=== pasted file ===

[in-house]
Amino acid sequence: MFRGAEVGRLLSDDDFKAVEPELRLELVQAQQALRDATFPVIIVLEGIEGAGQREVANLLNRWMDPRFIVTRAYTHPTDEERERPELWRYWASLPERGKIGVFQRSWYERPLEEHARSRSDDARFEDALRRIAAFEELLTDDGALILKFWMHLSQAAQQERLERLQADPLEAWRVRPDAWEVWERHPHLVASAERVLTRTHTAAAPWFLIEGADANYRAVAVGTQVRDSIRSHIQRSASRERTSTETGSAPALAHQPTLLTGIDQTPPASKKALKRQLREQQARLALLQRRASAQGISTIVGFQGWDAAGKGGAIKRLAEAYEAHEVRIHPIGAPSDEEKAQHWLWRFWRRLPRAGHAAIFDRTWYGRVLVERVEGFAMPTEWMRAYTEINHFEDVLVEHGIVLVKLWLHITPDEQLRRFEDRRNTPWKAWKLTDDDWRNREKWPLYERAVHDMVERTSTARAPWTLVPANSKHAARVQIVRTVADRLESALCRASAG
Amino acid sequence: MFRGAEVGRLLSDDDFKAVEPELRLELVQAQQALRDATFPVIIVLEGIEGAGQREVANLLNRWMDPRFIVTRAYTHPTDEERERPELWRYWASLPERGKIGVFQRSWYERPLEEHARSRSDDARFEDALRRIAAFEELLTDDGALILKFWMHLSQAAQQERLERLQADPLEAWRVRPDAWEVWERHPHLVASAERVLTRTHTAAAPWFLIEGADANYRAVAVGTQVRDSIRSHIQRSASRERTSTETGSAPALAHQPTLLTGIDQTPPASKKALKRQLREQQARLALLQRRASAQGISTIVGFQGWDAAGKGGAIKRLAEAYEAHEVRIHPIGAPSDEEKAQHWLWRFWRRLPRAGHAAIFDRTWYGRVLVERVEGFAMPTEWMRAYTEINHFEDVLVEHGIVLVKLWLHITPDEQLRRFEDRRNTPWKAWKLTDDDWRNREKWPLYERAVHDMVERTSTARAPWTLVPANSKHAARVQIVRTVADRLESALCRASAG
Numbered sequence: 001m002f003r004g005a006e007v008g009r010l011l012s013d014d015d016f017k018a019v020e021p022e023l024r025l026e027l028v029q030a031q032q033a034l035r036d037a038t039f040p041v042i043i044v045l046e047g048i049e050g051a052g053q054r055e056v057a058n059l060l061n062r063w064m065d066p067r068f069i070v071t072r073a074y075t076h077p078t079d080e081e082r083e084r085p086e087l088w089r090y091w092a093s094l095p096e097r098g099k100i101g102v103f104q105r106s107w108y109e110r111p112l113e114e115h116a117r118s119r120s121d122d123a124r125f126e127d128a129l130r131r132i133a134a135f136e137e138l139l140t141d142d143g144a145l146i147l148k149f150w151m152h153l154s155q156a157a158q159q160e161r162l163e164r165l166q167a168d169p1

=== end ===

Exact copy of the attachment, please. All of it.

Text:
[in-house]
Amino acid sequence: MFRGAEVGRLLSDDDFKAVEPELRLELVQAQQALRDATFPVIIVLEGIEGAGQREVANLLNRWMDPRFIVTRAYTHPTDEERERPELWRYWASLPERGKIGVFQRSWYERPLEEHARSRSDDARFEDALRRIAAFEELLTDDGALILKFWMHLSQAAQQERLERLQADPLEAWRVRPDAWEVWERHPHLVASAERVLTRTHTAAAPWFLIEGADANYRAVAVGTQVRDSIRSHIQRSASRERTSTETGSAPALAHQPTLLTGIDQTPPASKKALKRQLREQQARLALLQRRASAQGISTIVGFQGWDAAGKGGAIKRLAEAYEAHEVRIHPIGAPSDEEKAQHWLWRFWRRLPRAGHAAIFDRTWYGRVLVERVEGFAMPTEWMRAYTEINHFEDVLVEHGIVLVKLWLHITPDEQLRRFEDRRNTPWKAWKLTDDDWRNREKWPLYERAVHDMVERTSTARAPWTLVPANSKHAARVQIVRTVADRLESALCRASAG
Amino acid sequence: MFRGAEVGRLLSDDDFKAVEPELRLELVQAQQALRDATFPVIIVLEGIEGAGQREVANLLNRWMDPRFIVTRAYTHPTDEERERPELWRYWASLPERGKIGVFQRSWYERPLEEHARSRSDDARFEDALRRIAAFEELLTDDGALILKFWMHLSQAAQQERLERLQADPLEAWRVRPDAWEVWERHPHLVASAERVLTRTHTAAAPWFLIEGADANYRAVAVGTQVRDSIRSHIQRSASRERTSTETGSAPALAHQPTLLTGIDQTPPASKKALKRQLREQQARLALLQRRASAQGISTIVGFQGWDAAGKGGAIKRLAEAYEAHEVRIHPIGAPSDEEKAQHWLWRFWRRLPRAGHAAIFDRTWYGRVLVERVEGFAMPTEWMRAYTEINHFEDVLVEHGIVLVKLWLHITPDEQLRRFEDRRNTPWKAWKLTDDDWRNREKWPLYERAVHDMVERTSTARAPWTLVPANSKHAARVQIVRTVADRLESALCRASAG
Numbered sequence: 001m002f003r004g005a006e007v008g009r010l011l012s013d014d015d016f017k018a019v020e021p022e023l024r025l026e027l028v029q030a031q032q033a034l035r036d037a038t039f040p041v042i043i044v045l046e047g048i049e050g051a052g053q054r055e056v057a058n059l060l061n062r063w064m065d066p067r068f069i070v071t072r073a074y075t076h077p078t079d080e081e082r083e084r085p086e087l088w089r090y091w092a093s094l095p096e097r098g099k100i101g102v103f104q105r106s107w108y109e110r111p112l113e114e115h116a117r118s119r120s121d122d123a124r125f126e127d128a129l130r131r132i133a134a135f136e137e138l139l140t141d142d143g144a145l146i147l148k149f150w151m152h153l154s155q156a157a158q159q160e161r162l163e164r165l166q167a168d169p1